Materiality and Memory: An Archaeological Perspective on the Popular Adoption of Linear Time in Britain

Article excerpt

Introduction

Archaeologists have become increasingly interested in time and memory, examining these two linked issues in a number of ways (Bailey 1987; Gosden 1994; Thomas 1996; Murray 1999; Karlsson 2001; Bradley 2002; van Dyke & Alcock 2003; Lucas 2005). Linear time has become recognised as only one of several competing or, according to Lucas (2005), complementary paradigms that may be applied within the contemporary world, and in the past. It is thus now commonplace for archaeologists to conceive their chronologies in linear time, studying prehistory in relative stratigraphic sequences and equating them to calendar years using calibrated radiocarbon chronologies. Within that linear past, however, they seek an understanding of past actors' world views that may have been of cyclical or experienced time. The origins of popular understanding and implementation of linear time have not, however, been investigated.

Material evidence for the popular perception of linear time in recent millennia in Europe, as an incremental addition of years from the birth of Christ, suggests that the adoption of such a chronological perspective was central in the construction of individual, familial and community histories, to be set besides the developing national histories already identified by historians (Cressy 1989; Anderson 1991). Archaeologists can identify the shift in a popular understanding of time that was a powerful factor in increasing pressure for social and political change in the English-speaking world, and also led to the development of both history and archaeology as academic subjects. The concept of materiality allows for the acknowledgement and investigation of the relationships between ideas and activities (DeMarrais et al. 1996), and material culture labelled with dates not only reflected, but also created patterns of understanding and behaviour regarding such a concept of time.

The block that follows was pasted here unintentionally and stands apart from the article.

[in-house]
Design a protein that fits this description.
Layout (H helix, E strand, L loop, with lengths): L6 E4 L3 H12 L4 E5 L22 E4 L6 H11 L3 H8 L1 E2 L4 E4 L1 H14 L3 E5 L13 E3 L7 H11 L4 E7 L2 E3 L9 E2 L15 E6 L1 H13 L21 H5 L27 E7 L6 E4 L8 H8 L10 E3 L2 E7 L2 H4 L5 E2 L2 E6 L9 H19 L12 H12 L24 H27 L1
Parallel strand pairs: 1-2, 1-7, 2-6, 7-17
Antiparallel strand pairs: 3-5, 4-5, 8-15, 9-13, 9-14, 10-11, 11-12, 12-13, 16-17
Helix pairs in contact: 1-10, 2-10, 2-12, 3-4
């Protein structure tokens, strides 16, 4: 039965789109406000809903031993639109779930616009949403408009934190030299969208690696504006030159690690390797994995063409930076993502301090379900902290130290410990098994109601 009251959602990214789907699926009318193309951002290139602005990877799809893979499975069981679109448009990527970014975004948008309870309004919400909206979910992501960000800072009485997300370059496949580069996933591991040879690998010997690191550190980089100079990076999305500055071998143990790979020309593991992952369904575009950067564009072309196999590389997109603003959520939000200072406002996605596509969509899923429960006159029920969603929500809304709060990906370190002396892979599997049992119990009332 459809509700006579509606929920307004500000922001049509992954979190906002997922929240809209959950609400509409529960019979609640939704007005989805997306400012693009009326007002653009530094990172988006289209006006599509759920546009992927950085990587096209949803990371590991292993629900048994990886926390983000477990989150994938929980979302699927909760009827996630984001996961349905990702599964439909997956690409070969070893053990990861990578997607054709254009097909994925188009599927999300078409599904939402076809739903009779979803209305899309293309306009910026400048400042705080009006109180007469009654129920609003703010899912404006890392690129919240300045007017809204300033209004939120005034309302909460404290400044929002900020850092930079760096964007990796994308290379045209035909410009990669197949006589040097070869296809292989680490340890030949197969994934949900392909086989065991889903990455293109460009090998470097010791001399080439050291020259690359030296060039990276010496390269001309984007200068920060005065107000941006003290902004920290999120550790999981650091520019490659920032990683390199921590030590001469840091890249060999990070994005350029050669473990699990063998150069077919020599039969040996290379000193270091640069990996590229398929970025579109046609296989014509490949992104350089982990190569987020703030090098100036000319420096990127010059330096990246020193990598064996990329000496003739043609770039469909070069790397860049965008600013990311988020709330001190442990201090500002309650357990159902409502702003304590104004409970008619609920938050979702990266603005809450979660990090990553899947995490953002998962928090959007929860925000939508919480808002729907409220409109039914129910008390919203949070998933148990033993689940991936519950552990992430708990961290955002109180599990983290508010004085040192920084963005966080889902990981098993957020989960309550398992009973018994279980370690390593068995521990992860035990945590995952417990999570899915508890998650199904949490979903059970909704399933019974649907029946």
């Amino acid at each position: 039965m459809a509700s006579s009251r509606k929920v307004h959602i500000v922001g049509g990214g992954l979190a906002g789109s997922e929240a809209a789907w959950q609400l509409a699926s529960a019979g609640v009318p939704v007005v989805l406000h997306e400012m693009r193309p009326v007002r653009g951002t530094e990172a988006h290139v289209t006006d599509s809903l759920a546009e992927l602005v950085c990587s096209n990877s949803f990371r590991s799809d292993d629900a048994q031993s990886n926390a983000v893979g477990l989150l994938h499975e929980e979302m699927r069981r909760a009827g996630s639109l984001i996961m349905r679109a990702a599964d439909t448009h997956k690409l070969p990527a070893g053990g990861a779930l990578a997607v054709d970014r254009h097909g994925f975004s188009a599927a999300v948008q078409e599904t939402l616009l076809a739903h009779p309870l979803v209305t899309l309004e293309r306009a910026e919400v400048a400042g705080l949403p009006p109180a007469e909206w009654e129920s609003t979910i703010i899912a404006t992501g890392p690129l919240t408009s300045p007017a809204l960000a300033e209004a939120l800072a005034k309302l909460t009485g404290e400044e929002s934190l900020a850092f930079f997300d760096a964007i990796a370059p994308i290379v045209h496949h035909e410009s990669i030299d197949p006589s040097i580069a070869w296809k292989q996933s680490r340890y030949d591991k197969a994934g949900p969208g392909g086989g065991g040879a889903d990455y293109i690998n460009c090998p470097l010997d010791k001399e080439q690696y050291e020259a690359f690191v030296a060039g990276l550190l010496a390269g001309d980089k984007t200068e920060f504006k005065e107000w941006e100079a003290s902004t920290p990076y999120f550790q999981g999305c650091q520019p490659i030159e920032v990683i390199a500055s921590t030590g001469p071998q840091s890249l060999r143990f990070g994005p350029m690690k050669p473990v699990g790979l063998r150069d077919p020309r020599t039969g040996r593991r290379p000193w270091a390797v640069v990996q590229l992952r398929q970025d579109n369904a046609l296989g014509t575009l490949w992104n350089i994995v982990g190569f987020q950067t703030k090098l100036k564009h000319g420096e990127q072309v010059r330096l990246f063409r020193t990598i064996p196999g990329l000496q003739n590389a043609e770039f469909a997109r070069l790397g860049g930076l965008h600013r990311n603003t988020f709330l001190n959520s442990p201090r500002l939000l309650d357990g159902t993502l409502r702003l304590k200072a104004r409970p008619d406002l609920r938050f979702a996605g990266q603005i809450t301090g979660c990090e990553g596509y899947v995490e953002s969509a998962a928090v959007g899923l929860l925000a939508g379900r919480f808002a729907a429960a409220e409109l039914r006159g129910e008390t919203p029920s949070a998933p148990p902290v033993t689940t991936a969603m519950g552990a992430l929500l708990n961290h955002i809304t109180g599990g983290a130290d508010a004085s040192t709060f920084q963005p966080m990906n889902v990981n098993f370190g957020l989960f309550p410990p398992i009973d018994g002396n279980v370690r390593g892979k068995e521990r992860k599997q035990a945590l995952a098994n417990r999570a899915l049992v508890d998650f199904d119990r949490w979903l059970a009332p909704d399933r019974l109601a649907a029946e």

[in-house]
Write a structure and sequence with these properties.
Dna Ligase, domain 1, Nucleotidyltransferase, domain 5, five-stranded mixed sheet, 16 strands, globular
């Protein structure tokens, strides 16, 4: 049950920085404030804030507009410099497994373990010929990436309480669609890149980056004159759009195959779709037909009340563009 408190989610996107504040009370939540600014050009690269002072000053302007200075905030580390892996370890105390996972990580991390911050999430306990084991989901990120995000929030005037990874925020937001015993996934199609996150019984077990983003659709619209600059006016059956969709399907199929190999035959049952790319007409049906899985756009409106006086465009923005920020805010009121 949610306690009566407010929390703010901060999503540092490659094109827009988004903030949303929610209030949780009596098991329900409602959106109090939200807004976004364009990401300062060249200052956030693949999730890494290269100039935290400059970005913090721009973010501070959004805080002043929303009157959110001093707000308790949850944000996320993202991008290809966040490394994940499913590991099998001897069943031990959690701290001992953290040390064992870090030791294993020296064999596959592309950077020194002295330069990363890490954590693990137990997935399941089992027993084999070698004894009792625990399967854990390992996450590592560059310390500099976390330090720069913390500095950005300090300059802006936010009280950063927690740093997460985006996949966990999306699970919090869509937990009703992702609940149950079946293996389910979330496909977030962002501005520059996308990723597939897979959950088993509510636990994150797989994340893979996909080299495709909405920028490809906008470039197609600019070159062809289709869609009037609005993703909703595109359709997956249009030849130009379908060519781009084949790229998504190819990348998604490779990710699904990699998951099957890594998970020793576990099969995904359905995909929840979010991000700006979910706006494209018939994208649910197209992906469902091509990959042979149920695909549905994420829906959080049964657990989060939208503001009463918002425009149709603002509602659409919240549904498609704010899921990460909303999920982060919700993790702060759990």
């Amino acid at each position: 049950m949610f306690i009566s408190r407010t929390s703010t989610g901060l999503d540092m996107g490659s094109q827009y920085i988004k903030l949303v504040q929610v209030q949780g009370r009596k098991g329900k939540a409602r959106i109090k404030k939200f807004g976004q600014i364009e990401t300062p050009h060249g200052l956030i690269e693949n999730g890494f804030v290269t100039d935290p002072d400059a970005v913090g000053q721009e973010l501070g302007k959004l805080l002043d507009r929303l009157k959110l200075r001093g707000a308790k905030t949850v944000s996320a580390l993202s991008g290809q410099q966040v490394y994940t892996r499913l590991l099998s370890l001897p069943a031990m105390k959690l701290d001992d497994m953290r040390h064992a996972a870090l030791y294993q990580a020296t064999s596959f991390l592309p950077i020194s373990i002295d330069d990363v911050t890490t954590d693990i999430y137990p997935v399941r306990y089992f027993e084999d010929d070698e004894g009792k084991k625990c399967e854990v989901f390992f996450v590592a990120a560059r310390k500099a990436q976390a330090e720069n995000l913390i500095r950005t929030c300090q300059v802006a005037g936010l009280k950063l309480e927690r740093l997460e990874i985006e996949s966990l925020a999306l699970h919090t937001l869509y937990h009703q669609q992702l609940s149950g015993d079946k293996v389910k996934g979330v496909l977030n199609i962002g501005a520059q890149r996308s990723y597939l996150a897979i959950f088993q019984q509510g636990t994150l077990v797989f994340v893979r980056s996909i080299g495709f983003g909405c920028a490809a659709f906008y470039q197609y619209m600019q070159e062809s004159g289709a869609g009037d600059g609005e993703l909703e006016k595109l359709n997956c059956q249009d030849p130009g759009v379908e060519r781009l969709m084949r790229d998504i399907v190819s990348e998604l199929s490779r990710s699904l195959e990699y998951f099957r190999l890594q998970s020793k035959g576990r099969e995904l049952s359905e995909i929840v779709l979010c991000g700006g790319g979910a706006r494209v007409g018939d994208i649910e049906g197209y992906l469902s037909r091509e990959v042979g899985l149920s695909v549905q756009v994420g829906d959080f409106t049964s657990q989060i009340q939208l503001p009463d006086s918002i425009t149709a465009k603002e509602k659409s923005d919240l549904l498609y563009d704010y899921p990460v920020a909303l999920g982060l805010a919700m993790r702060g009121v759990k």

The Judeo-Christian Biblical counting of years created a framework for understanding and counting linear time, beginning with the Creation, pivoted around Christ's birth, and was scheduled to end with the Resurrection of Christ at the Second Coming. This provided a linear framework, within which years of each king's reign were counted, and the Annals and Chronicles of the early Middle Ages were formulated. Yet time was not normally viewed in that way during the Middle Ages (Burke 1969). Predominant medieval concepts of time rather emphasised the cyclical nature of the seasons, and longer-term change was not perceived within a linear dimension. What to us appears as a certain timelessness was applied to medieval understanding of the remote past, as seen in medieval illustrations of Biblical events where all the participants were depicted with material culture including clothes, architecture and tools that were contemporary with the creation of the image (Panofsky 1960:170). This a historical vision gave time a different quality. Although events could be placed in a linear arrangement, as indicated in the Annals and Chronicles, those early in the sequence could be understood in terms of contemporary concerns and imagery. This may be linked to St Augustine's consideration of personal time, with the present incorporating past memory and expectation of the future. In religious art this would link the Biblical past event with the present of the artist and viewer, and to the future when Judgement would come. Archaeology and history, as would be appreciated today, did not exist in such a milieu. The annual cyclical pattern of religious feast days and festivals created a dynamic of time that in one sense moved on along a linear trajectory towards the Day of Judgement (and millennial movements at AD 1000, for example, reflected this). In other senses, however, the timelessness of the cyclical calendar dominated popular thought and action. This combination of different understandings of time is frequent in many cultures, including our own. …